Natural History Museum Turns Angelenos Into Spider Catchers and Ladybug Hunters
Courtesy of the Natural History MuseumNatural History Museum's gardens
On a May afternoon, the butterfly pavilion at the Natural History Museum is buzzing in the heat — with kids, with insects and with lust. Two zebra longwing butterflies are perched on a vine in the corner, stuck together in a twist of sex.
Close to the heart of downtown Los Angeles, the Natural History Museum is experiencing a new source of fluttering and buzzing. The museum, which has traditionally been an indoor affair, is opening a 3.5-acre garden this month. "Though we're in the heart of L.A., we still find so many cool insects, birds and other creatures with camera traps," Lila Higgins explains.
The museum's citizen science coordinator, Higgins confidently clomps through the still-under-construction dirt paths in platform wedges, oversize sunglasses and a pencil skirt.
She explains that the traps, triggered by motion, have captured glimpses of birds that weren't even known to exist in this part of Los Angeles. Scientists have tabulated nearly 170 species in adjacent Exposition Park.
Higgins walks back to the insectary, where butterfly pupae are Fed-Exed in each week from growers in California and Florida. (Yes, there are farmers who specialize in growing butterflies.) She estimates that the museum receives about 200 to 300 pupae per week.
Pinned or glued to the tops of aquariums, they look like dead leaves flecked with gold.
They stay in the insectary a week or two until they hatch. Then the butterflies are featured in a pavilion that opened in April and will welcome visitors through September; when it's over, the fluttering insects will become fodder for denizens of the spider pavilion. You might call it the museum circle of life.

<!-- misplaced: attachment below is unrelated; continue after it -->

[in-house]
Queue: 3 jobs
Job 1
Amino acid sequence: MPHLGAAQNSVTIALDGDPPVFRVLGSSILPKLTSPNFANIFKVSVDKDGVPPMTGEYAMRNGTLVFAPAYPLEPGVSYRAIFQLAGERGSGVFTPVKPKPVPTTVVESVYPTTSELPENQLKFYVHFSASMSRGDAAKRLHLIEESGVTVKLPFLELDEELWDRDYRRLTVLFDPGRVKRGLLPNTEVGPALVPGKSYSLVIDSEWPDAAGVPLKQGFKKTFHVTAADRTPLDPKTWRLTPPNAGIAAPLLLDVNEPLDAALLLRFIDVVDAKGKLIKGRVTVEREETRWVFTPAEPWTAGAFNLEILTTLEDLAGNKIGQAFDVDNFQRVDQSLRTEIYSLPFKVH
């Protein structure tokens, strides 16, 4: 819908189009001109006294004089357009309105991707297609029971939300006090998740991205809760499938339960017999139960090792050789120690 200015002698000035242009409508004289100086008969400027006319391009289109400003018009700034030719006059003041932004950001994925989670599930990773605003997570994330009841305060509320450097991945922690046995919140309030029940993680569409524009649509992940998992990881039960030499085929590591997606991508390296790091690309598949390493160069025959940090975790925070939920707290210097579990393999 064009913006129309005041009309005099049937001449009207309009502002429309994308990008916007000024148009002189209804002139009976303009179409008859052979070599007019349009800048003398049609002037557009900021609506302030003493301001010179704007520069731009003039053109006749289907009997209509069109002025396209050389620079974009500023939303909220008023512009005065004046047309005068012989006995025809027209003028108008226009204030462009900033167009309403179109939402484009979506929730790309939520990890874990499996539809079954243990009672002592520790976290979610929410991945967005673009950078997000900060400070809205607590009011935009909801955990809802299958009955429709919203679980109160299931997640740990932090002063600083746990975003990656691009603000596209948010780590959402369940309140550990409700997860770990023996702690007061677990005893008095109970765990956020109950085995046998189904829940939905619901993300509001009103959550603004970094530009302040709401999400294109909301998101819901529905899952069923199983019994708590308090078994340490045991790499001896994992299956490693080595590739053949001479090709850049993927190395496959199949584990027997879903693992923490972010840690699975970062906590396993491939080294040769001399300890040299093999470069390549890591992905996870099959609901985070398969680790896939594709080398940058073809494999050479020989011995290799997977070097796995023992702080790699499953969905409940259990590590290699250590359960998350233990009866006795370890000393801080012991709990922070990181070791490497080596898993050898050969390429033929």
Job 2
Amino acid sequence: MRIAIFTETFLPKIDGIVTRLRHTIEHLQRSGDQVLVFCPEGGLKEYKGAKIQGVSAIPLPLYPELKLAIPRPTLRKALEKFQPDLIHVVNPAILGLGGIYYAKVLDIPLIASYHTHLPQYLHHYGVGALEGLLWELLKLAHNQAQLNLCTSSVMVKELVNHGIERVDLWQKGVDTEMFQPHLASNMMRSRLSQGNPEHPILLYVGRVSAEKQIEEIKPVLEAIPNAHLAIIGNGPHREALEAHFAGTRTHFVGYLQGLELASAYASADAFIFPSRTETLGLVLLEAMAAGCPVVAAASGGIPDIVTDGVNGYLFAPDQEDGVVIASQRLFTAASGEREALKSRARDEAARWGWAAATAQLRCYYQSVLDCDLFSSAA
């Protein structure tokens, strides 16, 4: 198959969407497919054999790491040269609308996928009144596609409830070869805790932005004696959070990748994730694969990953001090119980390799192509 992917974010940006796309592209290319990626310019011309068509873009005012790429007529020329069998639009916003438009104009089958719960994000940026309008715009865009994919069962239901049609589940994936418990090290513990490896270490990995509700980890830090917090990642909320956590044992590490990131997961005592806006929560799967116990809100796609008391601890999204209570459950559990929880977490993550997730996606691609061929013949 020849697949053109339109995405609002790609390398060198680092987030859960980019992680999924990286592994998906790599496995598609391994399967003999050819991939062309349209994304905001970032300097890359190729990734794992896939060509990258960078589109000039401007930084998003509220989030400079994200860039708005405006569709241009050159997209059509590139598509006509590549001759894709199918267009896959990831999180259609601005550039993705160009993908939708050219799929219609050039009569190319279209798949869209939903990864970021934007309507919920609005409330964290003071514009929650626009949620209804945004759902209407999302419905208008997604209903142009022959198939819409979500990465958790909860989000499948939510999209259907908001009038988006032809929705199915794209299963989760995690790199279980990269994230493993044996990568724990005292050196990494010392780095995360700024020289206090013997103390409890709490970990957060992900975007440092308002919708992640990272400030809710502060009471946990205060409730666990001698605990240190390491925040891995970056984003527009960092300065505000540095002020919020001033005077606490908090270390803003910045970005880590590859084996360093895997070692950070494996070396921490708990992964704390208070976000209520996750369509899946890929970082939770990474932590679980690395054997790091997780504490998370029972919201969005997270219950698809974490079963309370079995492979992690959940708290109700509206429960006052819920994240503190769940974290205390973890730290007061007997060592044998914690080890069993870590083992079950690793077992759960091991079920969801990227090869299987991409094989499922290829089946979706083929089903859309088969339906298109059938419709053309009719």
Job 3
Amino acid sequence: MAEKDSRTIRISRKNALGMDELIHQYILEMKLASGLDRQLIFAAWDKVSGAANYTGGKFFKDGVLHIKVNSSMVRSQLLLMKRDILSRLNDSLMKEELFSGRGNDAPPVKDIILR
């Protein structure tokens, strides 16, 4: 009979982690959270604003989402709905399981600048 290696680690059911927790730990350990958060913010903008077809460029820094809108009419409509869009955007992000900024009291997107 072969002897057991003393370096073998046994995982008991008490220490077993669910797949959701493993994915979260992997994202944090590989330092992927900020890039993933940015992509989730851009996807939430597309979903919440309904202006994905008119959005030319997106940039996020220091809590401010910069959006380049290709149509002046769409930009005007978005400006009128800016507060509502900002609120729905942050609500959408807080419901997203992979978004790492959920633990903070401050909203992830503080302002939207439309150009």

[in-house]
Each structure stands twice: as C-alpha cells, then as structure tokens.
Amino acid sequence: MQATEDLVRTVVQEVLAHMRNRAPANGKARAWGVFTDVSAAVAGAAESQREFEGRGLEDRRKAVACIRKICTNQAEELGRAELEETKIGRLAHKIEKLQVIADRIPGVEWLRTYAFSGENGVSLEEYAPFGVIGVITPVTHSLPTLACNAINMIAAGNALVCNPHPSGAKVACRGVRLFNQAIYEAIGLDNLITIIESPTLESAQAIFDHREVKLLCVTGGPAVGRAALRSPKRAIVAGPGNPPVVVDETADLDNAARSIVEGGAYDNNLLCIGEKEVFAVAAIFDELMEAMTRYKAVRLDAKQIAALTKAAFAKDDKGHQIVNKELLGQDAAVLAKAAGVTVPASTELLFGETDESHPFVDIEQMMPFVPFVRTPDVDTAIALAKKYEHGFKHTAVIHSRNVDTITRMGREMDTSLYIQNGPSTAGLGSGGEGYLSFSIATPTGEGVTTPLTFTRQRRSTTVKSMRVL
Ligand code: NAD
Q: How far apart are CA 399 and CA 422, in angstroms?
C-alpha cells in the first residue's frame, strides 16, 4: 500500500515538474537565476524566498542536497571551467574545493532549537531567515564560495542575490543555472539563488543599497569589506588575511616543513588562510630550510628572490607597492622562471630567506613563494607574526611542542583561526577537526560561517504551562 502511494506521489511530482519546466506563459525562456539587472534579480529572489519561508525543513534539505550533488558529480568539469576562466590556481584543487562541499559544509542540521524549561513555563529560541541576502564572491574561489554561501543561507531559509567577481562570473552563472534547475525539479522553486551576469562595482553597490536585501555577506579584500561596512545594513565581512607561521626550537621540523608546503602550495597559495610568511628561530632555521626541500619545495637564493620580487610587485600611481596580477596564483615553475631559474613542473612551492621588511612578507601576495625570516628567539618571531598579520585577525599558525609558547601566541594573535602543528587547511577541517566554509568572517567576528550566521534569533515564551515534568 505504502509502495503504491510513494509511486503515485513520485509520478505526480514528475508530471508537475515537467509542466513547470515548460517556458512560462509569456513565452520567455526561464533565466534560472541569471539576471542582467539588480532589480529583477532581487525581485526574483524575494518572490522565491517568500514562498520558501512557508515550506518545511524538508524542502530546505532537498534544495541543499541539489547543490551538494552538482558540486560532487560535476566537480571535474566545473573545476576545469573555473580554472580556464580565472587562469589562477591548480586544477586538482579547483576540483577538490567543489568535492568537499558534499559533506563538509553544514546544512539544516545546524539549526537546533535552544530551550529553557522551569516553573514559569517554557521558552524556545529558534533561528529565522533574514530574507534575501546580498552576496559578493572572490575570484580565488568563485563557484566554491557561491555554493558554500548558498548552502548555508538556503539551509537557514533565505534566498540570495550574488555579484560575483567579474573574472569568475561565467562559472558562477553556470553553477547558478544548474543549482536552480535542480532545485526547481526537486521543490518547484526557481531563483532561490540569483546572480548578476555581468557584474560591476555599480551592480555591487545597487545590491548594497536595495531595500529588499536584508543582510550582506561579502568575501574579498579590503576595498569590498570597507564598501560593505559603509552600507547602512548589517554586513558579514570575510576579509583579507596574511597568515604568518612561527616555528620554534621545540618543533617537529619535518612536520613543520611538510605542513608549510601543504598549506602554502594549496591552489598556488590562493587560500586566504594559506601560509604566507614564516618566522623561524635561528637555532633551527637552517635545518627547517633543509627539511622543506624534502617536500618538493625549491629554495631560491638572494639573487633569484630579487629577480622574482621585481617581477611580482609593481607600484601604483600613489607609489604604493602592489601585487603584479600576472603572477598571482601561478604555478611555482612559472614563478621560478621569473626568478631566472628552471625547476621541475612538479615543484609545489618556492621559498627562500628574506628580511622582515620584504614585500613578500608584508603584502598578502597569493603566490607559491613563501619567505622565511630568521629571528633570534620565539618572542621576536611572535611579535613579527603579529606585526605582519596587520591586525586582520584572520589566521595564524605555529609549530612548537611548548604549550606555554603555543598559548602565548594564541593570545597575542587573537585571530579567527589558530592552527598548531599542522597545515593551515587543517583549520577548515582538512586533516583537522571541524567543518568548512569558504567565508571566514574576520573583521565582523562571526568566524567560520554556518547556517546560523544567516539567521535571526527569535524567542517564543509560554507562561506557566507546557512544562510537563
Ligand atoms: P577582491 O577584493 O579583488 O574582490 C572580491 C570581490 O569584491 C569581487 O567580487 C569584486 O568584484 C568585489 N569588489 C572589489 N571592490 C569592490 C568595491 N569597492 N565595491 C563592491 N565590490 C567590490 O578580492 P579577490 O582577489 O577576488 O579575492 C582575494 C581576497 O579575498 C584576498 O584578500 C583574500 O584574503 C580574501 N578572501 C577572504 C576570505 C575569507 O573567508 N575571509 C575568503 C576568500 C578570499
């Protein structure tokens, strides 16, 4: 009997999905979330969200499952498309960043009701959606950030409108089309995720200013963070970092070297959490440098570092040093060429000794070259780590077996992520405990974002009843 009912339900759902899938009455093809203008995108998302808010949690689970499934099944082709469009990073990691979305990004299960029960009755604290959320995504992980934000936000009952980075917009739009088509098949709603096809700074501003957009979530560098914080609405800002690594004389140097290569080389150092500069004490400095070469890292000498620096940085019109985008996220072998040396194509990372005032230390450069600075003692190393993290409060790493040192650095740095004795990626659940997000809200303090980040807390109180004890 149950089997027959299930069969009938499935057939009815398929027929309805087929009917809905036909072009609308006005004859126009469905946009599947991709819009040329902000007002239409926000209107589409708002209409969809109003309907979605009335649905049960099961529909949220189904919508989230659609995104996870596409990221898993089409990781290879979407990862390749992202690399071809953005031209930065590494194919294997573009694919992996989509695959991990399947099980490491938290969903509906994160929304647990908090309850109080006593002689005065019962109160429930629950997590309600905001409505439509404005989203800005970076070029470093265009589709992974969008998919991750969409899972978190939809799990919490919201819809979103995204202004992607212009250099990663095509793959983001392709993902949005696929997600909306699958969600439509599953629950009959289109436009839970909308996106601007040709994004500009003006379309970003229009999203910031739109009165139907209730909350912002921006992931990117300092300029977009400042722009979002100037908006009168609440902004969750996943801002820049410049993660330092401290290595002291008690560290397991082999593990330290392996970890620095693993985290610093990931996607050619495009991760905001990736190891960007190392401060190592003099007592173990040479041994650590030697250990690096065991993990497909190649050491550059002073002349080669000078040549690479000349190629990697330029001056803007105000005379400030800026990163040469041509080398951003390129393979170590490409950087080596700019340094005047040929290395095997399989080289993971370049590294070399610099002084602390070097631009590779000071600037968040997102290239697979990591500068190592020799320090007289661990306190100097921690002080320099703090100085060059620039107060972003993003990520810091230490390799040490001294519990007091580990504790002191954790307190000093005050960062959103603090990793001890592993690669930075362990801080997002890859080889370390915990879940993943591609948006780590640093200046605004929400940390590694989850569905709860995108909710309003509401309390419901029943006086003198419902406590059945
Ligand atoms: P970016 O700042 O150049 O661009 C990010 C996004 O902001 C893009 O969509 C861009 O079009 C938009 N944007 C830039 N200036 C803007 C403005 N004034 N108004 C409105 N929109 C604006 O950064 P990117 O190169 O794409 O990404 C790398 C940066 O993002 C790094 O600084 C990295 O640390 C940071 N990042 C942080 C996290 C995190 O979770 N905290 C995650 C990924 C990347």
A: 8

The museum has taken on science projects to get the public interested, Higgins says — and found some interesting results.
The spider survey, which started in 2002, documents the arrival of new spiders and the effect they have on native species. Since L.A. is a giant, international port, new species are always climbing on land and setting up shop. Over the past decade, the public has mailed more than 6,000 specimens to the museum — including the first record of a brown widow in Southern California. The native of South Africa is twice as poisonous as its black cousin. "It's like crowdsourcing a museum collection," Higgins says.
Another citizen science project asks the public to study how parasitoid flies infect and kill native honeybees. People are asked to find dead or disoriented bees they suspect may be infected with fly parasite eggs. Participants pop those into a container and wait for the maggots to crawl out of the dead bee, then count the flies as they go from pupae to adults over the course of a few weeks.
Ladybugs also are on the menu for citizen scientists — the museum has asked people to hunt for and photograph them. Zeroes are OK, the instructions gently remind the public, because if you looked and didn't find anything, that's also good to know. (Participants also are informed that this is not a ladybug fashion shoot — the point is to get many photos of different bugs, not the cutest snaps possible.)